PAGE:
What makes Alexander Technique unique?
Everyone who reads my blog who has experience with A.T, let’s outline whatever you can think of that makes Alexander Technique stand out and be unique. Please add to the list! It might be something trivial or funny, but that’s OK.
I’ll start with some of my own results, and then I’ll discuss some of the thinking skills that could be applied so you can continue. I have numbered them because you might want to refer to them in your comments.
- 1. Because A.T. is meant to be coupled with any other action, no extra daily practice hour is required to get its cumulative and immediate benefits.
- 2. Although the relationship is teacher/student – not therapist/client, the learning process also has a cumulative therapeutic effect until the student learns to bring about this benefit on their own.
- 3. (You fill in this one with one of your suggestions…)
- 4. Similar to the ability to think and reason, benefits of being able to update established routines relate to however the interested party applies the skill. (That’s why the list of benefits of learning A.T. sounds like snake oil if you don’t know what it is.)
- 5. It has the proof of a factual, physical discipline to back up the functionality of it’s philosophical principles; teachers must “walk the talk” in order to do the job of hands-on guided modeling that’s the original core of the pedagogy.
- Alexander Technique doesn’t merely give lip service to the unity of mind and body – it gives a first-hand demonstration of it as well as a tool to gain its benefits.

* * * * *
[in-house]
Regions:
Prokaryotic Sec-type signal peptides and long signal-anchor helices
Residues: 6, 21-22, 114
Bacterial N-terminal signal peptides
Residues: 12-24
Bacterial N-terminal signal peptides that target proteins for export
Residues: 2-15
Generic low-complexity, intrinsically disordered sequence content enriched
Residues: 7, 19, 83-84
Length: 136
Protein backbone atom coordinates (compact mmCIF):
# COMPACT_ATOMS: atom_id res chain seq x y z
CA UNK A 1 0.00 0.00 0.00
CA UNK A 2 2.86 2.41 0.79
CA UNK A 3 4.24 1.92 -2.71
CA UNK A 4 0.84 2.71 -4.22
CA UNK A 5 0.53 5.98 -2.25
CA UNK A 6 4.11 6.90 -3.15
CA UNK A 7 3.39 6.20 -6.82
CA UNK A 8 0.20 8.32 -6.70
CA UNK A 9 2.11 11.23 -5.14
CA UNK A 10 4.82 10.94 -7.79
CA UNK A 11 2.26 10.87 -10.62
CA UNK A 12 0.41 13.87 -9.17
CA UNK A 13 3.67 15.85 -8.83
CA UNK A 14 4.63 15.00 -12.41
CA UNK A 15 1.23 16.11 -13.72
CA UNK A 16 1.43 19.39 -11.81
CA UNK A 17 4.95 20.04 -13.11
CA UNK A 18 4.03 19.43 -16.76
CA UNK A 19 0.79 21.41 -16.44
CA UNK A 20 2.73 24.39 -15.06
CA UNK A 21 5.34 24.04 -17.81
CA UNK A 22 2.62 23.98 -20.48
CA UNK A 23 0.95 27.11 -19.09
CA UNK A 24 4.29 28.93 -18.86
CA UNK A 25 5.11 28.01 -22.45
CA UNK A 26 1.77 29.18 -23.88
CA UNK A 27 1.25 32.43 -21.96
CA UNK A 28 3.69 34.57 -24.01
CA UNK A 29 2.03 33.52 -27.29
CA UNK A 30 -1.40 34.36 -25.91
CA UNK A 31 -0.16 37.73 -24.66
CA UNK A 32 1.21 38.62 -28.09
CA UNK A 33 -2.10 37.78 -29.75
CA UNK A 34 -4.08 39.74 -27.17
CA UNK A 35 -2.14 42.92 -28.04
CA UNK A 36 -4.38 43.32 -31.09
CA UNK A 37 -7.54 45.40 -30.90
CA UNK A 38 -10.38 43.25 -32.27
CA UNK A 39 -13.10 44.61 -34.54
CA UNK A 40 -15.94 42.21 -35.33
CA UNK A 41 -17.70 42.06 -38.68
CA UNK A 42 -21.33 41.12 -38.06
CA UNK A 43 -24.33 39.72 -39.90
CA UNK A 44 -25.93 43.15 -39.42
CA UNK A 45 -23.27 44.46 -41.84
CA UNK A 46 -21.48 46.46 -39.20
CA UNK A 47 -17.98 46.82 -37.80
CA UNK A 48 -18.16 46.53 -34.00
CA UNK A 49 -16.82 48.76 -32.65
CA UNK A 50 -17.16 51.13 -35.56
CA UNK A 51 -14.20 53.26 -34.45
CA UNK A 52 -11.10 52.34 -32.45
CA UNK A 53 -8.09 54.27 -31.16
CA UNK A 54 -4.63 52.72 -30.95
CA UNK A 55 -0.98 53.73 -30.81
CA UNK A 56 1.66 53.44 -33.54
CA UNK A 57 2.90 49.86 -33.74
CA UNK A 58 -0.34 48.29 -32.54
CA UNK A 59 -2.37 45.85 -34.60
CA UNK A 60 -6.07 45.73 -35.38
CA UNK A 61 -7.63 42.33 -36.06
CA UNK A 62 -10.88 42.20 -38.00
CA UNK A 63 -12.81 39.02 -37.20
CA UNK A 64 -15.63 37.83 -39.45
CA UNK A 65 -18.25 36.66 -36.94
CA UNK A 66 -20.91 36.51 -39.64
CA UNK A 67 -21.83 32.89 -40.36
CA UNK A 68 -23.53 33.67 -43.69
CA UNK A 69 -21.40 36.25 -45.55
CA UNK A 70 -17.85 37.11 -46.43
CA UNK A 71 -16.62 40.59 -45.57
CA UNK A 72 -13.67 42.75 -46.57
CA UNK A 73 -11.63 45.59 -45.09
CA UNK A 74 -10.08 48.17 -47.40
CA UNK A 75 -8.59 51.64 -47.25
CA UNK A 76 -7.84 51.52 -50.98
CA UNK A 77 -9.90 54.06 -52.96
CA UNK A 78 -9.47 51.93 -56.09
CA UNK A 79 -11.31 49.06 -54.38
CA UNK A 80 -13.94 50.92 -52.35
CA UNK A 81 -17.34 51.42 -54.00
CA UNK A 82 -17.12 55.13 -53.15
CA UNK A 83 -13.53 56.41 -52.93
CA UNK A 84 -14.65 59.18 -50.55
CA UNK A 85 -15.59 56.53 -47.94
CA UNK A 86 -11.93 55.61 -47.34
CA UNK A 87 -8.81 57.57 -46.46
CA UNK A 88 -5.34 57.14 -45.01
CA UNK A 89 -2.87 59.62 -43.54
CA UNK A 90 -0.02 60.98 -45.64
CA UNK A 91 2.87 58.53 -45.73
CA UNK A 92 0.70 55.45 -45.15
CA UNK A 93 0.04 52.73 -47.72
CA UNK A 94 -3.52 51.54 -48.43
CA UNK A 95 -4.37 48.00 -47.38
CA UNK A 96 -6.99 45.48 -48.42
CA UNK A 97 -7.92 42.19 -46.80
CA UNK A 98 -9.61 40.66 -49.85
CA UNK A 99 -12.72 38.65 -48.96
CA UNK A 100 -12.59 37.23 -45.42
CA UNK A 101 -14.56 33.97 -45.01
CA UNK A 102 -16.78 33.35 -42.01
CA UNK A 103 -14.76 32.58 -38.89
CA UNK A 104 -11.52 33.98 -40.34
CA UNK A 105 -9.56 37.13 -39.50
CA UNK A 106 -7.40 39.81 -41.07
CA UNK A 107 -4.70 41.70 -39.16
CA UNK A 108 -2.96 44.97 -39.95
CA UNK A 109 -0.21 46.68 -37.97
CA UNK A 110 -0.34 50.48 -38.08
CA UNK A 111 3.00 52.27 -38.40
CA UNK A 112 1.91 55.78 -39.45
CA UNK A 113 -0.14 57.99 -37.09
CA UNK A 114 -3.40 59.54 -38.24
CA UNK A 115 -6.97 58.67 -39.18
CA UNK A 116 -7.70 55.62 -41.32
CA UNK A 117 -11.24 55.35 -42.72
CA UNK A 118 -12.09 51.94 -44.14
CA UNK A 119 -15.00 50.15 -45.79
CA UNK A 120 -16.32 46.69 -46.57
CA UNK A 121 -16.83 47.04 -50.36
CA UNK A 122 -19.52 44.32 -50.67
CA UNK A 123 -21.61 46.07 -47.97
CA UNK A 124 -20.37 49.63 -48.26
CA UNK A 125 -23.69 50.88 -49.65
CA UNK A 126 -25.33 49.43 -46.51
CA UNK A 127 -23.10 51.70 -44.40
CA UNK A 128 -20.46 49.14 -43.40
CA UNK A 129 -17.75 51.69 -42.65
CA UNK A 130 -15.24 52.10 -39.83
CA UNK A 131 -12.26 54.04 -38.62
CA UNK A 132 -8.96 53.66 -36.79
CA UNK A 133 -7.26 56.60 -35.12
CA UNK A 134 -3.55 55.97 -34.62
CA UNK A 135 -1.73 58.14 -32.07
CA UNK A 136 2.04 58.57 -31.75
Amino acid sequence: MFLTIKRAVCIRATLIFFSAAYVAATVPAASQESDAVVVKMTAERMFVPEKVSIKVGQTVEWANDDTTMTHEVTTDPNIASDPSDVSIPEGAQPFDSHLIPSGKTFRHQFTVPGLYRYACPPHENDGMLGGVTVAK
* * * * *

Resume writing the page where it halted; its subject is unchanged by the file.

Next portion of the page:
OK, now I’ll say a bit about how you could use thinking skills to keep going on this little brainstorming project. We’re going to use a website called http://www.practisethinking.com because it’s very simple and teaches tools by referring to other websites.
For instance, I found there a reference to a tool about how to extract concepts called a “concept fan.” It works like this:
You’d start by making a list of what occurs to you, and then step back to see if they are all related in some way. The example gives you an idea of how this works. The purpose of doing this is then you’re able to understand an assumption that wasn’t immediately apparent.
Here’s a thinking exercise that’s ever more simple: Read this sentence…and fill in the part after the “because.” I’ve done the first one, but there are many other ways to finish the sentence. What follows the phrase starting with the word “because..” can mean “cause/effect;” it can also mean “comes from…” It can also mean,”essential ingredient.” Can you think of more implied meanings for the word “because…”? Use them to craft a phrase that answers the sentence.
- 6. Skills that are sharpened while doing Alexander Technique are considered by those in its field to be the basis of education because……..
- movement is the way humans interact with their world, (well, other than sweating…
Hope you enjoyed this practical little ditty on thinking skills applied to Alexander Technique simplifications. Please report back!